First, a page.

Guildhall and City of London Police mark end of Eid

The City of London Corporation’s Deputy Town Clerk, Susan Attard, speaking at Friday’s event after the end of the important Ramadan period, told an invited audience of staff and guests:


Assalamu Alaykum and Eid Mubarak! Welcome to the historic Guildhall for an evening celebrating Eid al-Fitr, the Muslim ceremony which marks the end of the month of fasting – Ramadan.

Fasting the month of Ramadan, for Muslims, is the third of five essential pillars of the faith. The practice allows Muslims to renew their closeness to God through reflection, spirituality, and charitable giving.

The month challenges Muslims, tests their strengths and reinforces the willpower necessary to persevere throughout the day without food or water between dawn and sunset. And it’s definitely been a challenging month this year through those long summer days, so it is fantastic to witness today so many British Muslims and those of other faiths and none, come together to celebrate this joyous occasion here at the Guildhall in the City of London.

The City of London is the ancient heart of the capital. London itself is home to 40% of the nation’s Muslim population. A city with a unique and proud commitment to tolerance, valuing diversity, sheltering those seeking refuge from tyranny, whether that is religious or political, whether they are Christian, Jewish or Muslim. London – 270 nationalities; 300 languages; a skyline of cathedrals, synagogues, minarets and mosques.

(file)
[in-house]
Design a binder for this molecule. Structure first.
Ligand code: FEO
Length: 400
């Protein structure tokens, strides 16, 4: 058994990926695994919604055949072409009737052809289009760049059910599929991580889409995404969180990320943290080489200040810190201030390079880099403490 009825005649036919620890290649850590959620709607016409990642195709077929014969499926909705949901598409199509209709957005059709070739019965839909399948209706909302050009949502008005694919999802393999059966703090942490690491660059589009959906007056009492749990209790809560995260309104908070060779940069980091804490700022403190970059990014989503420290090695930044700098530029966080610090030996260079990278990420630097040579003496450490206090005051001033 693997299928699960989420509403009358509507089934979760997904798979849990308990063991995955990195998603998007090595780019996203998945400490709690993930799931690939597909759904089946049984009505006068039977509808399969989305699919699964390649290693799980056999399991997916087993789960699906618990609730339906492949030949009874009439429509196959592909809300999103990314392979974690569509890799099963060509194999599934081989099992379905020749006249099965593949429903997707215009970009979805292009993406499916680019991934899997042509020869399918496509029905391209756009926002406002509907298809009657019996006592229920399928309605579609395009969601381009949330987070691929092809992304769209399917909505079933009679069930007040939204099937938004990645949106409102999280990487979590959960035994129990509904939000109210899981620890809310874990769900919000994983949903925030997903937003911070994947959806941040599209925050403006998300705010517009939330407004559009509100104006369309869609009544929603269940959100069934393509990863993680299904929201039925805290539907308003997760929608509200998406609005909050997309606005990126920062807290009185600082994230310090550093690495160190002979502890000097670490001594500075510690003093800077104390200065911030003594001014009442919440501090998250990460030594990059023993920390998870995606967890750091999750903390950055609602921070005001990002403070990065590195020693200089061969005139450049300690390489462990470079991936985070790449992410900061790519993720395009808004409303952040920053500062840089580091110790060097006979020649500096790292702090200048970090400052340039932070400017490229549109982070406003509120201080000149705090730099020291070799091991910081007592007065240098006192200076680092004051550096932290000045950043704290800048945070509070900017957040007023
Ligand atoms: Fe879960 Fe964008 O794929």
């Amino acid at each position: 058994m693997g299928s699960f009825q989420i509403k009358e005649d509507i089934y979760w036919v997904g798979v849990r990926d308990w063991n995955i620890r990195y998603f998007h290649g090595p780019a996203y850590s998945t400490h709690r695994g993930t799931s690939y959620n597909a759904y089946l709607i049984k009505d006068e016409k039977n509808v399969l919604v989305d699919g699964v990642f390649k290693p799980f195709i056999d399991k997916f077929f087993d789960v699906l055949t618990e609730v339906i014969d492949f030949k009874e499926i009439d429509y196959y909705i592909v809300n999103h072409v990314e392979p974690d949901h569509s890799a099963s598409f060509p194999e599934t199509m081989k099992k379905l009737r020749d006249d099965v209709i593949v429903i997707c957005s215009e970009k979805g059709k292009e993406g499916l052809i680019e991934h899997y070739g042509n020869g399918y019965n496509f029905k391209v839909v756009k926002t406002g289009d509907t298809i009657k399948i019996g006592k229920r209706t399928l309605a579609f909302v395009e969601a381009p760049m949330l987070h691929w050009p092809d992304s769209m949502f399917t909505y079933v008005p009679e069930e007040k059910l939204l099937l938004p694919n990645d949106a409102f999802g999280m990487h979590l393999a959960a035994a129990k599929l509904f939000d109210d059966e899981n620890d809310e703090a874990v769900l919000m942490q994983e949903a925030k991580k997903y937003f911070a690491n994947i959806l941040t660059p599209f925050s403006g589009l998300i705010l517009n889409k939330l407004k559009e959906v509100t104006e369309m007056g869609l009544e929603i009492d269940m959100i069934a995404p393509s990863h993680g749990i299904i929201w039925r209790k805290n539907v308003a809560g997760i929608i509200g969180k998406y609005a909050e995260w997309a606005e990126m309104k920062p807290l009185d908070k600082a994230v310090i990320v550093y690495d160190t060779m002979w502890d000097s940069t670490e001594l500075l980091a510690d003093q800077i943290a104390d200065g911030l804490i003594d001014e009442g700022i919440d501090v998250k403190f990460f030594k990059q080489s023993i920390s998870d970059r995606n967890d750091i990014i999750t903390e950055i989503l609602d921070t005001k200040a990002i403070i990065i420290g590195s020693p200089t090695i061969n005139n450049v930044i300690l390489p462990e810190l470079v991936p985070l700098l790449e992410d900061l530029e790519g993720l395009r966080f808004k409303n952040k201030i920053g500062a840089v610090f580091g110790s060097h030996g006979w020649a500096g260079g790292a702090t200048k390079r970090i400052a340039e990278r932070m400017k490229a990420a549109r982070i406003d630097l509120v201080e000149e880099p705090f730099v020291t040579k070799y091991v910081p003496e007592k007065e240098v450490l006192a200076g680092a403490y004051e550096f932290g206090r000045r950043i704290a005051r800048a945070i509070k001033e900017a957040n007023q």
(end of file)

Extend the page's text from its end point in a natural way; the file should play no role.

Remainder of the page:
This Ramadan, London has demonstrated some encouraging and heartfelt interfaith connections. Synagogues across the capital opened their doors to the Muslim community and provided meals in the evening for the purposes of breaking the fast at sunset. And similarly Muslim communities opened the doors of the mosques to the general public to witness the sense of community reinforced during Ramadan.

Muslims hold dear to the words of God in the Quran, the holy book of Islam: “Fasting is prescribed for you as it was prescribed to those before you” and use it as a basis for interfaith dialogue. The verse calls for Muslims to recognise that other faiths do indeed also fast, such as the fasting on Yom Kippur and during Lent from Jewish and Christian traditions respectively. Fasting and abstinence, regardless of faith, fulfil one aim; getting to know oneself better.

Muslims are further informed in the Quran that “God has made you from a single pair of a male and female and spread you into nations and tribes so that you may come to know one another”. Encouraging people of diverse nationalities, races and creeds to come together and learn about each other.

The City of London Corporation too has begun to look at itself through looking at our staff, and ensuring that staff are represented, valued, treated equally and that diversity is recognised.

At the City Corporation, we are committed to supporting and encouraging the establishment of diversity and inclusion Staff Networks. We recognise the benefits and opportunities to foster employee engagement, enthusiasm and collaboration around important equality and inclusion issues.